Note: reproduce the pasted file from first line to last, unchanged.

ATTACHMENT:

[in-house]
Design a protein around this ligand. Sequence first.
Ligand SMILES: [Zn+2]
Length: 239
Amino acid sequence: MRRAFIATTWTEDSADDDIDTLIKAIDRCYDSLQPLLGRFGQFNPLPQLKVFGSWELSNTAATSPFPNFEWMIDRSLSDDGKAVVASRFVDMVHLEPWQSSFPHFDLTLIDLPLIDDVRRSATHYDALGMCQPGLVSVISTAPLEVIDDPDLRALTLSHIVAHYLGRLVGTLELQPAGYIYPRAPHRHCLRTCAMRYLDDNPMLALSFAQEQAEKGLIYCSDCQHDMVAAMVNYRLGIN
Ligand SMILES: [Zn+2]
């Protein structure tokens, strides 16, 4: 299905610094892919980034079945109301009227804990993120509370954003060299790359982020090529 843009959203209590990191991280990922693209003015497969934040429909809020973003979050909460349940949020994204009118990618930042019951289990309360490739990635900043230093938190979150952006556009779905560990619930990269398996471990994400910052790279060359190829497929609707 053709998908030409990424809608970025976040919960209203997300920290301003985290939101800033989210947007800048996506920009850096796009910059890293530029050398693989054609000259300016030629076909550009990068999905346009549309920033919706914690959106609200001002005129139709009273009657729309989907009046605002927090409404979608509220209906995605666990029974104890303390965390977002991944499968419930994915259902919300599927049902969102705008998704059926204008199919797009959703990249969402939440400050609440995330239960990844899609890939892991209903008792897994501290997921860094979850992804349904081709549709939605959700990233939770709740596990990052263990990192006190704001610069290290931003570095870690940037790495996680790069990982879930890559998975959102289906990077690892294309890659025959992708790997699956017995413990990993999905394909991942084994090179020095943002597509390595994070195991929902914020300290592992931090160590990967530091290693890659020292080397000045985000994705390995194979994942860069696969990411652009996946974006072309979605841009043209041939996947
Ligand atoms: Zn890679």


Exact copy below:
[in-house]
Design a protein around this ligand. Sequence first.
Ligand SMILES: [Zn+2]
Length: 239
Amino acid sequence: MRRAFIATTWTEDSADDDIDTLIKAIDRCYDSLQPLLGRFGQFNPLPQLKVFGSWELSNTAATSPFPNFEWMIDRSLSDDGKAVVASRFVDMVHLEPWQSSFPHFDLTLIDLPLIDDVRRSATHYDALGMCQPGLVSVISTAPLEVIDDPDLRALTLSHIVAHYLGRLVGTLELQPAGYIYPRAPHRHCLRTCAMRYLDDNPMLALSFAQEQAEKGLIYCSDCQHDMVAAMVNYRLGIN
Ligand SMILES: [Zn+2]
């Protein structure tokens, strides 16, 4: 299905610094892919980034079945109301009227804990993120509370954003060299790359982020090529 843009959203209590990191991280990922693209003015497969934040429909809020973003979050909460349940949020994204009118990618930042019951289990309360490739990635900043230093938190979150952006556009779905560990619930990269398996471990994400910052790279060359190829497929609707 053709998908030409990424809608970025976040919960209203997300920290301003985290939101800033989210947007800048996506920009850096796009910059890293530029050398693989054609000259300016030629076909550009990068999905346009549309920033919706914690959106609200001002005129139709009273009657729309989907009046605002927090409404979608509220209906995605666990029974104890303390965390977002991944499968419930994915259902919300599927049902969102705008998704059926204008199919797009959703990249969402939440400050609440995330239960990844899609890939892991209903008792897994501290997921860094979850992804349904081709549709939605959700990233939770709740596990990052263990990192006190704001610069290290931003570095870690940037790495996680790069990982879930890559998975959102289906990077690892294309890659025959992708790997699956017995413990990993999905394909991942084994090179020095943002597509390595994070195991929902914020300290592992931090160590990967530091290693890659020292080397000045985000994705390995194979994942860069696969990411652009996946974006072309979605841009043209041939996947
Ligand atoms: Zn890679």